If you can’t get Alan Davis to do any more work for you because you’ve killed too much of his soul, you can always get Wolverine to make an appearance.  Good old Logan is usually up for anything, and he’s typically a good sport about it.

Or not.  Maybe it’s because he’s not into big guns and hi-tech mysticism.  Or maybe it’s because they’re making him do the Radio City Music Hall Rockettes dance.

And if you can’t get Wolverine, you can bet that Cable’s available.  Hell, he worked exclusively for Rob Liefeld for a long time, so you know he’s not choosy.  Just don’t tell him what he’s going to be doing in the comic.

And you won’t have to lie about it if you have no idea what’s happening yourself.

I don’t know which is worse sometimes—knowing that something terrible is happening or having not the first clue what is going on.  As bad as the conceptual framework was—robots, guns, and robot guns—the art was up to the challenge.  The challenge being hurting feelings while teaching nothing.

Is this the worst art you’ve ever seen?  What is the blue robot lady fighting in the upper left corner?  A cave painting?  No, it’s not the worst, because this happened:

Paradise lost indeed.  I wish I had a higher resolution image so we could figure out what is coming out of his arm, but alas, high-resolution pictures of Die-Cut #4 are illegal in most states.  Bear in mind that these are covers.  The cover is what the artist spends the most time on.  Presumably the interior is nothing but blank pages, stained with tears.

I’m being unfair, of course.  Sometimes it’s perfectly clear what’s happening on the cover.

Everyone on this cover is taking a dump, including the guy in the ‘Marvel UK’ box in the upper left corner.

And this gentleman is using his robot penis arm to mate with a giant, wingless bird made out of gray tissue paper.

And here, Tony Stark has awoken from a night of hard partying to find that he has wandered into a Renaissance fair.

And this is a zombie attack, duh.

Somehow, it didn’t work.  Read this catalog of 1993 Marvel UK publications out loud (and by read I mean scream) and tell me you don’t want to read them all:

  • Battletide
  • Battletide II
  • Black Axe
  • Body Count
  • Cyberspace 3000 (don’t worry, I bought this one last and I’m totally going to read it!)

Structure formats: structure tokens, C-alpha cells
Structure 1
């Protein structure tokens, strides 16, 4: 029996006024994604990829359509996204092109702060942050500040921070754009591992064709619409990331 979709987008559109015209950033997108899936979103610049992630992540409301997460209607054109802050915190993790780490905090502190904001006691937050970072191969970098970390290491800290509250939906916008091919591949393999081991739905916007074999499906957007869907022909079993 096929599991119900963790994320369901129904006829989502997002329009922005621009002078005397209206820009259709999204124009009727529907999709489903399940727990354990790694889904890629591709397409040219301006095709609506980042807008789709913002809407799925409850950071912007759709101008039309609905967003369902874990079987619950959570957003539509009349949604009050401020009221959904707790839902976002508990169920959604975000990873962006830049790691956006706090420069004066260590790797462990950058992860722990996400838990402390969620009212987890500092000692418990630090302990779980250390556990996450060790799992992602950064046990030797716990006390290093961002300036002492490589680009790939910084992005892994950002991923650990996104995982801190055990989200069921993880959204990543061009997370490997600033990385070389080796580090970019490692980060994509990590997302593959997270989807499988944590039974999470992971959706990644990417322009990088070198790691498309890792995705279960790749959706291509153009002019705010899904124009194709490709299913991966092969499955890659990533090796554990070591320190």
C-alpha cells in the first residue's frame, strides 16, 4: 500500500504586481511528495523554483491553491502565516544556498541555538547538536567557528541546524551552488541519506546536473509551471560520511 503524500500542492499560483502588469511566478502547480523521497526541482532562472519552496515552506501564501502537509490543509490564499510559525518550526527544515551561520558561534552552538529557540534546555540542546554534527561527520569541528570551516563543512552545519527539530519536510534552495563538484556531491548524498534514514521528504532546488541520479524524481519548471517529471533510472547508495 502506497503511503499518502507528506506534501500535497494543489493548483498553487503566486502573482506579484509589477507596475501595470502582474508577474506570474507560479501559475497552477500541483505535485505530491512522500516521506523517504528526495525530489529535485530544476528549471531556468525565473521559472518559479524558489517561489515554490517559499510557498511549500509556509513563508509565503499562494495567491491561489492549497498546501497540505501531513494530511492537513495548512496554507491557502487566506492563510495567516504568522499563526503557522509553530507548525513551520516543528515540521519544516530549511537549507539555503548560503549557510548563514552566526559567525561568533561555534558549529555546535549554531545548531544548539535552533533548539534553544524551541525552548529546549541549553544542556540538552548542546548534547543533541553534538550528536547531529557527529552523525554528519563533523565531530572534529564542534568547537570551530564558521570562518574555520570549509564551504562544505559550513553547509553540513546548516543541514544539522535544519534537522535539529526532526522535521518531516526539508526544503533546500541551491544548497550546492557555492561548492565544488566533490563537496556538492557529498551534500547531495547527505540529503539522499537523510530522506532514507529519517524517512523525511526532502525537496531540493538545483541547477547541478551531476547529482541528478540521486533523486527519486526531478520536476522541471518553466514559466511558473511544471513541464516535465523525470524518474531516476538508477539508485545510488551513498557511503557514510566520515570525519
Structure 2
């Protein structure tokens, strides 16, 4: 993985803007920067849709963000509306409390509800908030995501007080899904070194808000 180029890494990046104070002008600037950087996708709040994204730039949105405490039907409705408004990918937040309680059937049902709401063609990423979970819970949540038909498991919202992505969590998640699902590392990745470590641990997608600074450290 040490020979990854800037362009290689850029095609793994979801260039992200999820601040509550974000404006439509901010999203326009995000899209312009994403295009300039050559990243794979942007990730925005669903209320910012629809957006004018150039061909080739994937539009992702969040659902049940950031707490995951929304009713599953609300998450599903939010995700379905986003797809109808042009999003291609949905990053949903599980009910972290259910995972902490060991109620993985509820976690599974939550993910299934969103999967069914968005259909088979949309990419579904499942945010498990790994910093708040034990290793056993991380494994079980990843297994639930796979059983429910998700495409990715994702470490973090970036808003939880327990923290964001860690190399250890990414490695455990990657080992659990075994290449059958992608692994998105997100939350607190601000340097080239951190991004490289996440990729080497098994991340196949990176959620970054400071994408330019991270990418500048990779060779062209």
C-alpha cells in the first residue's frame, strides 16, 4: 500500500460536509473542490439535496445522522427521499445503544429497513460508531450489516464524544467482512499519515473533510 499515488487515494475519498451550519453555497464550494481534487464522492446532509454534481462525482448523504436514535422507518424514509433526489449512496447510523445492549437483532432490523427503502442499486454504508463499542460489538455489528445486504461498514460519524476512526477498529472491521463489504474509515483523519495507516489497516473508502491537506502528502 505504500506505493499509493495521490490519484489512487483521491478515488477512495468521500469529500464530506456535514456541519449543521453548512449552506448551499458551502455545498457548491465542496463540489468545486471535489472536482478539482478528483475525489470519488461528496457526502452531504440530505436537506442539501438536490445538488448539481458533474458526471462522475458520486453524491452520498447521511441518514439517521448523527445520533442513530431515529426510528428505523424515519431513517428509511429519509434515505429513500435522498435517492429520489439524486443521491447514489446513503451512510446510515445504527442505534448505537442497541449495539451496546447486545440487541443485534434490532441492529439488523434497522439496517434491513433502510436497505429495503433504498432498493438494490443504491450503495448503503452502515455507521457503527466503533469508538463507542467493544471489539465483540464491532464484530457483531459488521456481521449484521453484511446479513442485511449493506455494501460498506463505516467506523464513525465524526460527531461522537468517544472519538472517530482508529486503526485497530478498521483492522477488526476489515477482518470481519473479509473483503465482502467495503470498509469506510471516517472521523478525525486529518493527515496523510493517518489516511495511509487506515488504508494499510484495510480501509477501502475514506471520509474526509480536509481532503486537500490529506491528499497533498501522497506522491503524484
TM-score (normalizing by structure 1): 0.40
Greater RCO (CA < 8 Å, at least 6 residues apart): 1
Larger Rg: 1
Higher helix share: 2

• Death’s Head II
  • Death Metal
  • Death Wreck
  • Death3
  • Death Metal vs. Genetix
  • Death’s Head II and the Origin of Die-Cut
  • Die-Cut
  • Die-Cut vs. G-Force
  • Gun Runner
  • Hell’s Angel
  • Dark Angel
  • Dark Guard
  • Killpower: The Early Years
  • Plasmer
  • Motormouth
  • Wild Thing
  • Super Soldiers
  • Warheads
  • Warheads: Black Dawn

And last but probably not least, the crossover that was supposed to integrate the Marvel UK universe into the mainline Marvel U.  They rolled out all the stops for MyS-TeCH Wars, didn’t skimp on the caps lock, and even made sure to get Hulk a new pair of his favorite purple pants.

All to save the world.  Problem is, the world is somewhere over the Hulk’s shoulder.  I don’t know where they are.

They should have called it MyS-TeCH WarZ with a capital Z.  I don’t know who dropped the ball there, but I can only hope he was fired, preferably before everyone was fired.

The Marvel UK imprint was wound down in 1994—even Bart Sears’ Ominous Press (publishers of Brute & Babe comics) managed to outlast it.  In the end, Death Metal had it right.

Perhaps it should have been ‘destined to destroy, doomed to die.’  Or ‘doomed to destiny, destroyed to death.’  Success is such a fragile flower.



  1. Great 900th post, toogie. I honestly don’t know which of those I think is the worst one. They all look so incredibly terrible. I think Die-Cut jumps out at me as the worst one for some reason.

    Comment by euregirlsandboys — September 26, 2011 @ 16:44 | Reply

  2. I love this post so much. I can’t even. You slayed it. (I guess “it” is Marvel UK, but also writing this post.) So good, dude. So good.

    Also, I used to think some of this stuff was awesome, only not in an ironic way. That Death’s Head II cover? You betcha. The Marvel Series cards for all these guys was a thing I had at some point (or took from you at some point), too. I think there was a guy named Blood Axe, and I’m pretty sure his axe could cut through time and space, which was the Did You Know portion of his card. I am certain that Death’s Head II (and that was his name on the card; no Minion there) asked Did You Know that he had multiple personalities.

    Man, between this and Katie’s magazine updates, you all are killing it all the time lately.

    Comment by Marcus — September 26, 2011 @ 20:19 | Reply